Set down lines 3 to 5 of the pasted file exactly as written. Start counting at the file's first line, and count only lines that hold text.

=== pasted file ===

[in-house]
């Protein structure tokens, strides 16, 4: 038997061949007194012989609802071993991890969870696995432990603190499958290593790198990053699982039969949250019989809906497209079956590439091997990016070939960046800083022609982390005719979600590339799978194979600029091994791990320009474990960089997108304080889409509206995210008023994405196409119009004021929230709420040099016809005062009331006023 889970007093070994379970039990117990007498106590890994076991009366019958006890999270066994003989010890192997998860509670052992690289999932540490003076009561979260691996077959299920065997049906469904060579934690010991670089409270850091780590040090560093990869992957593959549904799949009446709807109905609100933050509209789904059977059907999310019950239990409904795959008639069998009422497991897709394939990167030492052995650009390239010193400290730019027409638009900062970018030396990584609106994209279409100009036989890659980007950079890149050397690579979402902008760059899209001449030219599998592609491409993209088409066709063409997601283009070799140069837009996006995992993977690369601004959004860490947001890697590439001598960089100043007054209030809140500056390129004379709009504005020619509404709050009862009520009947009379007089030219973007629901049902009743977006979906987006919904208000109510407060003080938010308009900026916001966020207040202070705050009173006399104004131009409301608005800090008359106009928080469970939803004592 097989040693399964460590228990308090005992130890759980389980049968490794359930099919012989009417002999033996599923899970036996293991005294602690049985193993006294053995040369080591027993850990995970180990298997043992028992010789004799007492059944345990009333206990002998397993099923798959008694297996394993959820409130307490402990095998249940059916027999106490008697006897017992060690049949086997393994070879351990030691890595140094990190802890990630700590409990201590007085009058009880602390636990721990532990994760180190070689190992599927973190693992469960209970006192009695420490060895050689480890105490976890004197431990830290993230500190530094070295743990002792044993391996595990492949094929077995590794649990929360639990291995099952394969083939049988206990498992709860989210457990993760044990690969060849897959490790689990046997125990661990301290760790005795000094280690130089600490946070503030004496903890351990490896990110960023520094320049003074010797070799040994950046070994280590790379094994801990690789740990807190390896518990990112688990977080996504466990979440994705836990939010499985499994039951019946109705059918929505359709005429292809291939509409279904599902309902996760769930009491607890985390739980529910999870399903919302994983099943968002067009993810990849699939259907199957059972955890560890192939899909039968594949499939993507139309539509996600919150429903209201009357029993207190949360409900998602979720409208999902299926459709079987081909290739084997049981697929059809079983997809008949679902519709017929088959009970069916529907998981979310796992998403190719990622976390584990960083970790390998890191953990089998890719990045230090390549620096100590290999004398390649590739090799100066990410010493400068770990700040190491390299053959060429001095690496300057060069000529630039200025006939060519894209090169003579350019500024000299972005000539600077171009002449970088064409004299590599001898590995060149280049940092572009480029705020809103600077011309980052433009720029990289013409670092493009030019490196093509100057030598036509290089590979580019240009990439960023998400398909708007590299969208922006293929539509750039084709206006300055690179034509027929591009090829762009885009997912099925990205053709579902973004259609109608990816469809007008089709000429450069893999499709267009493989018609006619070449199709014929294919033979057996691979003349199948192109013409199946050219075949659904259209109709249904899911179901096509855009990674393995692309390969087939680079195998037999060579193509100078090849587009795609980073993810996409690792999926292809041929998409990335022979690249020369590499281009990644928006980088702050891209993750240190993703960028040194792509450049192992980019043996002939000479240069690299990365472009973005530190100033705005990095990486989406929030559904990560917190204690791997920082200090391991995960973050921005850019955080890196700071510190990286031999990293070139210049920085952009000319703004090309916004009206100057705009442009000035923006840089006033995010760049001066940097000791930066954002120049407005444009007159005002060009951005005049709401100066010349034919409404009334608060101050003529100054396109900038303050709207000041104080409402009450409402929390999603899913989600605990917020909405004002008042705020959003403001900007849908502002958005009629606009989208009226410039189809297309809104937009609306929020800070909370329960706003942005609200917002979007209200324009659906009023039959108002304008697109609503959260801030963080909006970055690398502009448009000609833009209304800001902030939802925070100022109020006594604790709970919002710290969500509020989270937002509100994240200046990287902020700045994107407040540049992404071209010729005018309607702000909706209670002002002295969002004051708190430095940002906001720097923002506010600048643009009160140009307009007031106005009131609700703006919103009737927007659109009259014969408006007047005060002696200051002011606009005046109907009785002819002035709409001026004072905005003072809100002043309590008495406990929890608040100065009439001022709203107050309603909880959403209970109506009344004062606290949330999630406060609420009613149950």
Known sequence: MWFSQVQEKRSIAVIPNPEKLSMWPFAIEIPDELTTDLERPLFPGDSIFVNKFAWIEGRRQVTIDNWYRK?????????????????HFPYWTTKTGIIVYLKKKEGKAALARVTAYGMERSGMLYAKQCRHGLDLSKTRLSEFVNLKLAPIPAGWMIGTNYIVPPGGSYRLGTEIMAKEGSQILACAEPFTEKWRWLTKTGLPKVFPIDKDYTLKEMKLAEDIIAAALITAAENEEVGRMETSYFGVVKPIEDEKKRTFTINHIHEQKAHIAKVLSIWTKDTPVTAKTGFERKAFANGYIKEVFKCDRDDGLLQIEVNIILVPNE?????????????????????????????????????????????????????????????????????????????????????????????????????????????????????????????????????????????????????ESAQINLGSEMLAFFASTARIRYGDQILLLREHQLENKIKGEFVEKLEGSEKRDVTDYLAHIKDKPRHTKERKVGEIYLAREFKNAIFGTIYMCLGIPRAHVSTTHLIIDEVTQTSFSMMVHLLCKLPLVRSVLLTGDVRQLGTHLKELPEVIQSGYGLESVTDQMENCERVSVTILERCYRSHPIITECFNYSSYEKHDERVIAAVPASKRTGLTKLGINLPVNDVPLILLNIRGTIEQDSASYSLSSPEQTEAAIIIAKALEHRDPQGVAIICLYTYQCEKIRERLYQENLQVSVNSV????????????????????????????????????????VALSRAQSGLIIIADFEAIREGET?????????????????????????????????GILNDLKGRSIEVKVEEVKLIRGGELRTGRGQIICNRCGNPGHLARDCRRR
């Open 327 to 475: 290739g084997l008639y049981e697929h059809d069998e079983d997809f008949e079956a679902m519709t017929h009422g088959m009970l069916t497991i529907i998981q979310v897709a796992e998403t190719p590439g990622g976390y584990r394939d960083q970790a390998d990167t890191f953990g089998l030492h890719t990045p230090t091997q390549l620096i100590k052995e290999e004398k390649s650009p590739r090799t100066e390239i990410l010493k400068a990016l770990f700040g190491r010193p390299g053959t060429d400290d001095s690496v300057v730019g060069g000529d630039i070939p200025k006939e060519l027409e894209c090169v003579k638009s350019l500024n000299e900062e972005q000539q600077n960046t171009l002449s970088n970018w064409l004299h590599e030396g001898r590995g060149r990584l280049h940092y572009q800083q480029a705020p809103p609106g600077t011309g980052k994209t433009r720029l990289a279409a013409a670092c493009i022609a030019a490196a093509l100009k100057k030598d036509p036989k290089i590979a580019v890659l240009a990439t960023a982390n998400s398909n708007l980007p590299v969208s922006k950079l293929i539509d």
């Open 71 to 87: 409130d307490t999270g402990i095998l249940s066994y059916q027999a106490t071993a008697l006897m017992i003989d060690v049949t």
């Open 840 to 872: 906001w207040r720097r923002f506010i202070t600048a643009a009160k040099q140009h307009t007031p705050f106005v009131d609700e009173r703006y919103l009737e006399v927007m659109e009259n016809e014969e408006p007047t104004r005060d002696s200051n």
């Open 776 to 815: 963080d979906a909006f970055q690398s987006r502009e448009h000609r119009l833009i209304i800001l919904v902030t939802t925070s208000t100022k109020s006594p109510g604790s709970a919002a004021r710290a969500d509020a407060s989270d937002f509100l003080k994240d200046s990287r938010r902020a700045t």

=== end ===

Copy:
Known sequence: MWFSQVQEKRSIAVIPNPEKLSMWPFAIEIPDELTTDLERPLFPGDSIFVNKFAWIEGRRQVTIDNWYRK?????????????????HFPYWTTKTGIIVYLKKKEGKAALARVTAYGMERSGMLYAKQCRHGLDLSKTRLSEFVNLKLAPIPAGWMIGTNYIVPPGGSYRLGTEIMAKEGSQILACAEPFTEKWRWLTKTGLPKVFPIDKDYTLKEMKLAEDIIAAALITAAENEEVGRMETSYFGVVKPIEDEKKRTFTINHIHEQKAHIAKVLSIWTKDTPVTAKTGFERKAFANGYIKEVFKCDRDDGLLQIEVNIILVPNE?????????????????????????????????????????????????????????????????????????????????????????????????????????????????????????????????????????????????????ESAQINLGSEMLAFFASTARIRYGDQILLLREHQLENKIKGEFVEKLEGSEKRDVTDYLAHIKDKPRHTKERKVGEIYLAREFKNAIFGTIYMCLGIPRAHVSTTHLIIDEVTQTSFSMMVHLLCKLPLVRSVLLTGDVRQLGTHLKELPEVIQSGYGLESVTDQMENCERVSVTILERCYRSHPIITECFNYSSYEKHDERVIAAVPASKRTGLTKLGINLPVNDVPLILLNIRGTIEQDSASYSLSSPEQTEAAIIIAKALEHRDPQGVAIICLYTYQCEKIRERLYQENLQVSVNSV????????????????????????????????????????VALSRAQSGLIIIADFEAIREGET?????????????????????????????????GILNDLKGRSIEVKVEEVKLIRGGELRTGRGQIICNRCGNPGHLARDCRRR
């Open 327 to 475: 290739g084997l008639y049981e697929h059809d069998e079983d997809f008949e079956a679902m519709t017929h009422g088959m009970l069916t497991i529907i998981q979310v897709a796992e998403t190719p590439g990622g976390y584990r394939d960083q970790a390998d990167t890191f953990g089998l030492h890719t990045p230090t091997q390549l620096i100590k052995e290999e004398k390649s650009p590739r090799t100066e390239i990410l010493k400068a990016l770990f700040g190491r010193p390299g053959t060429d400290d001095s690496v300057v730019g060069g000529d630039i070939p200025k006939e060519l027409e894209c090169v003579k638009s350019l500024n000299e900062e972005q000539q600077n960046t171009l002449s970088n970018w064409l004299h590599e030396g001898r590995g060149r990584l280049h940092y572009q800083q480029a705020p809103p609106g600077t011309g980052k994209t433009r720029l990289a279409a013409a670092c493009i022609a030019a490196a093509l100009k100057k030598d036509p036989k290089i590979a580019v890659l240009a990439t960023a982390n998400s398909n708007l980007p590299v969208s922006k950079l293929i539509d």
């Open 71 to 87: 409130d307490t999270g402990i095998l249940s066994y059916q027999a106490t071993a008697l006897m017992i003989d060690v049949t």